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Scots 'dangerously lacking awareness of ' legal implications of Twitter and Facebook messages, survey finds


By The Drum Team, Editorial

November 22, 2011 | 2 min read

The legal implications of posting messages through Twitter and Facebook are ‘dangerously lacking’ in Scotland, YouGov has found.

A study conducted by YouGov on behald of DLA Piper found that 19% of Scotland had read the terms and conditions before using a social media website, while only 10% were aware of their legal rights.

It was also discovered that 48% of Twitter users do not consider whether their tweets breach the law before sending it while 70% said that legal guidelines should be introduced for social media, while 39% also through that the same standards should be held for social media users as are faced by journalists.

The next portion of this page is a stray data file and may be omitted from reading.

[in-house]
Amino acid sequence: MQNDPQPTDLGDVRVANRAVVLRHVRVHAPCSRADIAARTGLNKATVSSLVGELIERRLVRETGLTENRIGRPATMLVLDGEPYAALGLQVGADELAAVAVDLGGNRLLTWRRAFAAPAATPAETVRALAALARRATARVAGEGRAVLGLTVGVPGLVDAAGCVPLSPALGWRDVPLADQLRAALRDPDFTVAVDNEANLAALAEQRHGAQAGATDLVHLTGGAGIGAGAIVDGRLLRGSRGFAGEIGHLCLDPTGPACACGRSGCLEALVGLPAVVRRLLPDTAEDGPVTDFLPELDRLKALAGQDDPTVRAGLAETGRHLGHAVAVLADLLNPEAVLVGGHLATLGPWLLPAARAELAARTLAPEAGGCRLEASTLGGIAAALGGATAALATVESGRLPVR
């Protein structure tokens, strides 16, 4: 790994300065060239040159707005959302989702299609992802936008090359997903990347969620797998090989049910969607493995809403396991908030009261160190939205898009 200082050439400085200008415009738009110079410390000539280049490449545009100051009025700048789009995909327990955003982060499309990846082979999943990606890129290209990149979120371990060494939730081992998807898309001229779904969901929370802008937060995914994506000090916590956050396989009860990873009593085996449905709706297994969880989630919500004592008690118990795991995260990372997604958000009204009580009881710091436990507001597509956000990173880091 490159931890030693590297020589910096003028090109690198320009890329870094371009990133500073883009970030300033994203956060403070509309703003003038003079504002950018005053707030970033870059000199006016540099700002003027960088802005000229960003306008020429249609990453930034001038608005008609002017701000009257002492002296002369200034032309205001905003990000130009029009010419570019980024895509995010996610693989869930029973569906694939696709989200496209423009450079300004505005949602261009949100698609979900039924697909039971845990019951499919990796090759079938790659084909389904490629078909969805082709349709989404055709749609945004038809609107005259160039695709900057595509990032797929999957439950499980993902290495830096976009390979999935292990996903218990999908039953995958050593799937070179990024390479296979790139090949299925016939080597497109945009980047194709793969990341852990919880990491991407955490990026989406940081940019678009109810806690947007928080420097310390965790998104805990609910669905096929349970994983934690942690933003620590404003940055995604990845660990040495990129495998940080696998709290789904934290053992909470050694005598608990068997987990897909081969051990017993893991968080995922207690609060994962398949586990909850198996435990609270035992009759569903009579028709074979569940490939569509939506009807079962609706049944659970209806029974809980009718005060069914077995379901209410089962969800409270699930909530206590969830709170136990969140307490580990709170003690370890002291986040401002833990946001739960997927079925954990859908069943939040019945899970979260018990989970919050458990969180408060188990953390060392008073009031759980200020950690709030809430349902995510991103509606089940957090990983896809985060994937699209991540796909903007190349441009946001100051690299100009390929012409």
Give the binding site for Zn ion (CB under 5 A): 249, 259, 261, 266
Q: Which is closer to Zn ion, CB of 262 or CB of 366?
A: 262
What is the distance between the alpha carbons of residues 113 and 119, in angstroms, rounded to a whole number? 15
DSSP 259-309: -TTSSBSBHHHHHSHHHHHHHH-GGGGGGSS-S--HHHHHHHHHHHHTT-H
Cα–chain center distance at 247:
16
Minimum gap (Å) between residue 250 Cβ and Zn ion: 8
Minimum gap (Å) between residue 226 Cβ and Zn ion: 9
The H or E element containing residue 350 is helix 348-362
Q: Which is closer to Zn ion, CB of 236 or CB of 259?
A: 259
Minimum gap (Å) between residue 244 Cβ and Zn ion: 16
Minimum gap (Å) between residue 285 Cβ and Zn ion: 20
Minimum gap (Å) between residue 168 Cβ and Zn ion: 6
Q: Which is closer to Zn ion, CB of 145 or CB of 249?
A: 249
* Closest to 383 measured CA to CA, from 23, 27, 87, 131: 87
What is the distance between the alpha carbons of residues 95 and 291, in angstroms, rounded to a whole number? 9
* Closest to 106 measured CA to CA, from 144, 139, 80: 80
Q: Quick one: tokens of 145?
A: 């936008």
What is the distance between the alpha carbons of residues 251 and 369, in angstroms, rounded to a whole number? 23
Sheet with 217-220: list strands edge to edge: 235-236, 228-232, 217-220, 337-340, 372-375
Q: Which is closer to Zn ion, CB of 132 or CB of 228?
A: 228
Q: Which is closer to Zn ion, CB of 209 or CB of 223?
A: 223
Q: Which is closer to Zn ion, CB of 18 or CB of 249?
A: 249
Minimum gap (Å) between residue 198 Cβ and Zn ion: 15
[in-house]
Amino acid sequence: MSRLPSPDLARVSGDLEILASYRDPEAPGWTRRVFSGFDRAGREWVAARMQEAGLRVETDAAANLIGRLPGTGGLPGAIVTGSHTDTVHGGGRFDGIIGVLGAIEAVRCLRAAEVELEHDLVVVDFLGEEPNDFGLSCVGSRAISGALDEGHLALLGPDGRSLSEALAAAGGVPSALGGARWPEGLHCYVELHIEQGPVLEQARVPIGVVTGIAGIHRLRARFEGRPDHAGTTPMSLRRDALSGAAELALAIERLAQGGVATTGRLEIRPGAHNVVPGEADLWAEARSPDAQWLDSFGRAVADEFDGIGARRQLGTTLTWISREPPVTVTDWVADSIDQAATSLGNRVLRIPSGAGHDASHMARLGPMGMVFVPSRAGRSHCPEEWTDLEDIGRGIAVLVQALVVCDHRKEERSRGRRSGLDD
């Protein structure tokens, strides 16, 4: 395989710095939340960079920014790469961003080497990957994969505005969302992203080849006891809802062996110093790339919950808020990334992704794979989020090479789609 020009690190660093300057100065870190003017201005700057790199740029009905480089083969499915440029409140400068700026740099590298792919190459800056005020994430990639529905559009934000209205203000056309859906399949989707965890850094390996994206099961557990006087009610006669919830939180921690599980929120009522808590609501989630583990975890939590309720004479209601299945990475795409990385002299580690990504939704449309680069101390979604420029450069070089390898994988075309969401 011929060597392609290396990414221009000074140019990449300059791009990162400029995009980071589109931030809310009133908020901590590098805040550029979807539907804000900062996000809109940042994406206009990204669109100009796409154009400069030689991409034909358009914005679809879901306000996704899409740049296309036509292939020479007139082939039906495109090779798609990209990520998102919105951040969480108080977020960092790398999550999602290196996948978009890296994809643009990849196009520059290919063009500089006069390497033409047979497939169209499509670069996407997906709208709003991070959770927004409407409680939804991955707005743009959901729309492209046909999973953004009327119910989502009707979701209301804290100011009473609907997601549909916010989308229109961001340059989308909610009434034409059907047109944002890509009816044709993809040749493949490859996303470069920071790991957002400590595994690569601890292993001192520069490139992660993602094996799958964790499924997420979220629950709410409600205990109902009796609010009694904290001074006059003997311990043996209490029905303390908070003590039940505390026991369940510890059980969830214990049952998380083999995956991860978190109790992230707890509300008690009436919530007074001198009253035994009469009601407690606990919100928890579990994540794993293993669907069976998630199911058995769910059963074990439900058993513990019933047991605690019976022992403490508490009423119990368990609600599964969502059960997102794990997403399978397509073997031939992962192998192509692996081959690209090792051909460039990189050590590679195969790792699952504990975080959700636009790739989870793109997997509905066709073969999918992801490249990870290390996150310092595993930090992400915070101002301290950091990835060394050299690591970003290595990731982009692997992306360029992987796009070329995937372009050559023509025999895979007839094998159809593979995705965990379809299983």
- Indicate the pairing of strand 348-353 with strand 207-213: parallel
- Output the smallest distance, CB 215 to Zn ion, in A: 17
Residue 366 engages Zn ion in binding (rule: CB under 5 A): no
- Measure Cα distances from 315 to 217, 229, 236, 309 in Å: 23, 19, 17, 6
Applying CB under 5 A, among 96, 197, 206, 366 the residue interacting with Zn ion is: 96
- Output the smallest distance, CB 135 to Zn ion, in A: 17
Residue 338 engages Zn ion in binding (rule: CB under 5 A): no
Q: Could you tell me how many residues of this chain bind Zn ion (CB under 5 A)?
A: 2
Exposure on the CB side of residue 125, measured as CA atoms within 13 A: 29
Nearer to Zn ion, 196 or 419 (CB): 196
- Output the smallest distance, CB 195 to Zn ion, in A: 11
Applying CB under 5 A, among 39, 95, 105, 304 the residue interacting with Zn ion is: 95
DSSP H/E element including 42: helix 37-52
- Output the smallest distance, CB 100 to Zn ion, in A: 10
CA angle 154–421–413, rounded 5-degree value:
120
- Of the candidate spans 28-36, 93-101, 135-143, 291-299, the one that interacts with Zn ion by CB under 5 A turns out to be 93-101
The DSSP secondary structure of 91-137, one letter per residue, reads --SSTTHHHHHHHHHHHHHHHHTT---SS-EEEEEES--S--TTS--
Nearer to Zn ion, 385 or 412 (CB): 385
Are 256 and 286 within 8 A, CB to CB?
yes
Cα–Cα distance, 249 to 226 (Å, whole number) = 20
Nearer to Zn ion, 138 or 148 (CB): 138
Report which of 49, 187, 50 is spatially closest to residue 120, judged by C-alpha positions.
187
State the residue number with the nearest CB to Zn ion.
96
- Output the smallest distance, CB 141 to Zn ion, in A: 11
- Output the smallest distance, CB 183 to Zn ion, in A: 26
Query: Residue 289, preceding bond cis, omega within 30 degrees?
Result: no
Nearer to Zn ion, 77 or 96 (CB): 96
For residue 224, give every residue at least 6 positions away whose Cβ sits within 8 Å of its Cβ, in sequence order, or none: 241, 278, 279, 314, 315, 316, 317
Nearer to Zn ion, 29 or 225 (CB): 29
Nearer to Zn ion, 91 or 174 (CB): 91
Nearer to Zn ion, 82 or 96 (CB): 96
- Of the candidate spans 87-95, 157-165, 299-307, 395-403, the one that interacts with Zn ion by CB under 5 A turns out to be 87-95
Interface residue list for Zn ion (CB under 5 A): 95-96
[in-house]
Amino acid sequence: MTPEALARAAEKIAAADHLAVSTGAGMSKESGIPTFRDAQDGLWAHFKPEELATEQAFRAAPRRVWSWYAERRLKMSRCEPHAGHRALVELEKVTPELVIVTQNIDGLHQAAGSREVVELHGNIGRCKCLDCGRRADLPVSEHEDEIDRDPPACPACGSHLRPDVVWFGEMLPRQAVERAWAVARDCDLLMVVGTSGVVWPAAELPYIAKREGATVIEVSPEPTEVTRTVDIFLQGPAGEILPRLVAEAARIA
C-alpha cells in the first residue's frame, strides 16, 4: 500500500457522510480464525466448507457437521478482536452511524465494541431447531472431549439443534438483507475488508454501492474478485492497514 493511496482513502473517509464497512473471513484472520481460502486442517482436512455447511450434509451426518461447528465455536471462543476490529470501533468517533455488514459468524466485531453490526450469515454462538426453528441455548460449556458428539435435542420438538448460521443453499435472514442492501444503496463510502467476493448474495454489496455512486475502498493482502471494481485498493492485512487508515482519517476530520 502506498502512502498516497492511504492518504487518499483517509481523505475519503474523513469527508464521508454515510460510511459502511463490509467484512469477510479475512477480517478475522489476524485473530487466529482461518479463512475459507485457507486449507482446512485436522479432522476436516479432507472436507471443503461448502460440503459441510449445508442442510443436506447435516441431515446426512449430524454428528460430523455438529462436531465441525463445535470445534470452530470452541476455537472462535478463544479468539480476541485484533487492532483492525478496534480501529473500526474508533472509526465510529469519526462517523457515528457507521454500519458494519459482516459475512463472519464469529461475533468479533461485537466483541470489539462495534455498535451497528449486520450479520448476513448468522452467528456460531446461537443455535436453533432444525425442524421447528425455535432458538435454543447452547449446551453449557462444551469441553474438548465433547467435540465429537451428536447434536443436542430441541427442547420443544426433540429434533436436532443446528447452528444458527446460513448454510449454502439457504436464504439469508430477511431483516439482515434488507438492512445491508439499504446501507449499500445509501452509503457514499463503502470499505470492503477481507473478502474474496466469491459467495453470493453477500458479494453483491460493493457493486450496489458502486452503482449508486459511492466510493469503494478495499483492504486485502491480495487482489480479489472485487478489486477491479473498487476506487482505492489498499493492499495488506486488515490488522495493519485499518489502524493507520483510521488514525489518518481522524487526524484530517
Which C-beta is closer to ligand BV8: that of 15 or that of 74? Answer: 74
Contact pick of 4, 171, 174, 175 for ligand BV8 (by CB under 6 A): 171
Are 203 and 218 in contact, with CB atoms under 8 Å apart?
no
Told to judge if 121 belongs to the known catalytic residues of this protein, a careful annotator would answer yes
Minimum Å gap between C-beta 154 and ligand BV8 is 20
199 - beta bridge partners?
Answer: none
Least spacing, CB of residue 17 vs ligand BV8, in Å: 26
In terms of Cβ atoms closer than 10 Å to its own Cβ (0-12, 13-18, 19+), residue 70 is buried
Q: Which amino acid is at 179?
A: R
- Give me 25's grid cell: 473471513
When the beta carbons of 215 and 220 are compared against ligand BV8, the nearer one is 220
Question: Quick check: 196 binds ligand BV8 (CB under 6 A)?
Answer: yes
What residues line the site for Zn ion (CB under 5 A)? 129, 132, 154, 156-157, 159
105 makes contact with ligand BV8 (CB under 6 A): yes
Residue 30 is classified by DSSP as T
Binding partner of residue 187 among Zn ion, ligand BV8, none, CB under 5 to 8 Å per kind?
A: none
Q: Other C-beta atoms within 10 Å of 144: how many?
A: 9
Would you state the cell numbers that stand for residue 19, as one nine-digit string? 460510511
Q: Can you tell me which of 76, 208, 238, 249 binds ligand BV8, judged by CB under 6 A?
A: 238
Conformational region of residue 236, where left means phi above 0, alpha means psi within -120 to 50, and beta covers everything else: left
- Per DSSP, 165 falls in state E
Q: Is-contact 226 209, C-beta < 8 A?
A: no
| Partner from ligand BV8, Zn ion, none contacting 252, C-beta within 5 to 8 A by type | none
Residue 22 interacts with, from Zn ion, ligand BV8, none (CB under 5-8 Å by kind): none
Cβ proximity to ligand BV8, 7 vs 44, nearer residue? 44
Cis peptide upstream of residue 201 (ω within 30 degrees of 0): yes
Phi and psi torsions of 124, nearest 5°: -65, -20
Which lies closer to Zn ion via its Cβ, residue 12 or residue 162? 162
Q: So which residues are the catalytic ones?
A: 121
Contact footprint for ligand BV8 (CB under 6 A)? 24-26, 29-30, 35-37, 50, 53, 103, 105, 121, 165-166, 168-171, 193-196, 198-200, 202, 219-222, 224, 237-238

John McKinlay, head of DLA Piper's Scottish Intellectual Property and Technology Group, said: "The use of social media in Scotland, and indeed across the globe, has developed dramatically over the last three years.

"The rise of Twitter and the significant increase in use of outlets such as Facebook and LinkedIn have resulted in social media becoming a pervasive and important part of everyday life.

"However, our research indicates that users' awareness of the law relating to social media is still dangerously lacking.

"Recent events such as the celebrity Twitter scandals may have begun to challenge this perception that the online environment is - or indeed should be - free of regulation.

"The legal downsides for unwary bloggers can be significant. Regardless of any uncertainties over the status of online intermediaries, the original author of unlawful material will be considered responsible for their posts. Defamatory comments in social media have led to pay-outs of many thousands of pounds."

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